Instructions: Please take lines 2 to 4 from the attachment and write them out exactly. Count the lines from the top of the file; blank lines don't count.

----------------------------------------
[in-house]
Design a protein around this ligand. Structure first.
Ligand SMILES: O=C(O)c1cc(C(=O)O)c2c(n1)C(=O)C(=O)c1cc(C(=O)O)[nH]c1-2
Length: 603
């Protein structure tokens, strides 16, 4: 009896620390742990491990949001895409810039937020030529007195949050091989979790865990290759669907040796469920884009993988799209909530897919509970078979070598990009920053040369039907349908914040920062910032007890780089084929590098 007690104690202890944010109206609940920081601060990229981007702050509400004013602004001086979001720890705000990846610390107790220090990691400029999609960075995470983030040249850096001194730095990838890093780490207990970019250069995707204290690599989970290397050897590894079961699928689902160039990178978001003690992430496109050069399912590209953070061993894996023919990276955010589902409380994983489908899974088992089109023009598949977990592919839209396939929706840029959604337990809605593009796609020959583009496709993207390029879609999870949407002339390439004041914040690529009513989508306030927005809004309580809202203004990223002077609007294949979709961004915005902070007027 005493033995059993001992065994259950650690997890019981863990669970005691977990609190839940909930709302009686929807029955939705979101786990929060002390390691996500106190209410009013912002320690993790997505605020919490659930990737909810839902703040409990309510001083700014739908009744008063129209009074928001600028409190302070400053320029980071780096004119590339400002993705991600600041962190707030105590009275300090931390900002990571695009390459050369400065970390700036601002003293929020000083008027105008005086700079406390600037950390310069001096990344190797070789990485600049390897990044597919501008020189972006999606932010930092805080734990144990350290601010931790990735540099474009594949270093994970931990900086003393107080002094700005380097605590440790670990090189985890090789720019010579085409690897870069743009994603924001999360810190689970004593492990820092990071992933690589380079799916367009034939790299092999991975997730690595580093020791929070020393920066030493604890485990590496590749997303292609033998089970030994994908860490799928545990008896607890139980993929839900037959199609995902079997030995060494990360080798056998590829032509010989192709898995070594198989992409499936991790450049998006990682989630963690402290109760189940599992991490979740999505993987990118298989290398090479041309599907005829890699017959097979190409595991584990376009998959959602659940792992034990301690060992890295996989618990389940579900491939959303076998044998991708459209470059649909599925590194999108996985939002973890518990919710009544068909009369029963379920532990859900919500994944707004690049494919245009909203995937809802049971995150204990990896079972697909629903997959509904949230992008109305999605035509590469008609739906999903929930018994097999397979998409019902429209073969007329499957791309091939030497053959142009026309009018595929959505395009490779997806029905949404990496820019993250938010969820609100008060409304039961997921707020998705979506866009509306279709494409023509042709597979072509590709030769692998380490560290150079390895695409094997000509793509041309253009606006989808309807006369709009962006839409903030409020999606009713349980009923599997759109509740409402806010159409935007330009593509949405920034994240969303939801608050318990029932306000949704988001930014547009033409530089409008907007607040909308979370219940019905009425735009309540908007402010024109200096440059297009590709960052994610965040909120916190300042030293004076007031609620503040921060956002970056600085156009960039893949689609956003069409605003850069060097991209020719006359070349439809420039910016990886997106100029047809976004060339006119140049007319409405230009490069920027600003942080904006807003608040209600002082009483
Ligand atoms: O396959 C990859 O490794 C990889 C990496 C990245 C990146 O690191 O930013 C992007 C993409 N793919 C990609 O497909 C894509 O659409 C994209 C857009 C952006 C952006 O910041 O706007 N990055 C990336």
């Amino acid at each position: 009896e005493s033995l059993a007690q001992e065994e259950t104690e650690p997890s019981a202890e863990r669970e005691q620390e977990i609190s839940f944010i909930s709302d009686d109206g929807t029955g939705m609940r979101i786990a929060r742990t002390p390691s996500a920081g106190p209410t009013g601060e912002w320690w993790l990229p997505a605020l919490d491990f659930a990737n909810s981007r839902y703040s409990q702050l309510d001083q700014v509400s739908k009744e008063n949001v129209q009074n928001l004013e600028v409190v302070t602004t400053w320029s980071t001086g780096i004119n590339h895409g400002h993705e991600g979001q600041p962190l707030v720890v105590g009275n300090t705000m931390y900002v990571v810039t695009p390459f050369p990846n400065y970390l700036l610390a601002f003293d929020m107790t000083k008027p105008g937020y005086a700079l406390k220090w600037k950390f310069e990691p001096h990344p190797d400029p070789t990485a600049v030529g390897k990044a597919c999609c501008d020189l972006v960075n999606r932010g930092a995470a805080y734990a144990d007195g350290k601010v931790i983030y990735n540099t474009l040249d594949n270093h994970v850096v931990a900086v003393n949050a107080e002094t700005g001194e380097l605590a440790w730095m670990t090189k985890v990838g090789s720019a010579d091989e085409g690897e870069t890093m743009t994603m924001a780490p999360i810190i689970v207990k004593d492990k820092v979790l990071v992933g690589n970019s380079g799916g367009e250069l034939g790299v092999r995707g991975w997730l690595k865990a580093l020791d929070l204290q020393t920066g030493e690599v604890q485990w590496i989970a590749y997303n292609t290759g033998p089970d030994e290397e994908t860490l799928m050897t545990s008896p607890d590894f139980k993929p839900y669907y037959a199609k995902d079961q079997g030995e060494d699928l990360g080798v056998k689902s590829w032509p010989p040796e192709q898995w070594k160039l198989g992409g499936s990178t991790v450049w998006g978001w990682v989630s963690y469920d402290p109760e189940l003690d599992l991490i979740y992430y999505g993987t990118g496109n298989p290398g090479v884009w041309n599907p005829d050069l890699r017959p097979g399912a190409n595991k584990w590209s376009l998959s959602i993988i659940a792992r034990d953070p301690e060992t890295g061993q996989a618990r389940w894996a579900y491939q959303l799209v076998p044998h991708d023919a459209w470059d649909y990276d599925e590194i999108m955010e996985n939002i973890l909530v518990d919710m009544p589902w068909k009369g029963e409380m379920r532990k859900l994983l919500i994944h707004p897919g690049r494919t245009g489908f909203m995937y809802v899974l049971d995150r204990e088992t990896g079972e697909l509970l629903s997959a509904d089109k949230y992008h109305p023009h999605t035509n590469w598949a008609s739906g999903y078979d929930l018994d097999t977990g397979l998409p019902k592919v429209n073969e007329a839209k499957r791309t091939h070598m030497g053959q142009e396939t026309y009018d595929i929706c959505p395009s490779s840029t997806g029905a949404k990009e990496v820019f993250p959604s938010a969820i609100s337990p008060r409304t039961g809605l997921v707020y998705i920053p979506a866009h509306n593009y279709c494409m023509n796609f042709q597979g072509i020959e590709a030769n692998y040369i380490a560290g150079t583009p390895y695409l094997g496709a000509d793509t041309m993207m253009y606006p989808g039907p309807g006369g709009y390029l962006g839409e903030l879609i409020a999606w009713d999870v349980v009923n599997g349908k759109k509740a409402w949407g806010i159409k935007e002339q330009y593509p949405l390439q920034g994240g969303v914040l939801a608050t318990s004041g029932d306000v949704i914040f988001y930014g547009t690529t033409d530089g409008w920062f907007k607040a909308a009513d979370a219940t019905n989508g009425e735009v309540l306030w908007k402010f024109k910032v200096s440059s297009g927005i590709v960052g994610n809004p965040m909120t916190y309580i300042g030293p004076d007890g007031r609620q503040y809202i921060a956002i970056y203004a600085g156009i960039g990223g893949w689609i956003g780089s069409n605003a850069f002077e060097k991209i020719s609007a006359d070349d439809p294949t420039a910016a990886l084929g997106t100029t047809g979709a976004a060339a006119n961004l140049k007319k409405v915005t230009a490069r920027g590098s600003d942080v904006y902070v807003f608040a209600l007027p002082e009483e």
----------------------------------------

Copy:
Design a protein around this ligand. Structure first.
Ligand SMILES: O=C(O)c1cc(C(=O)O)c2c(n1)C(=O)C(=O)c1cc(C(=O)O)[nH]c1-2
Length: 603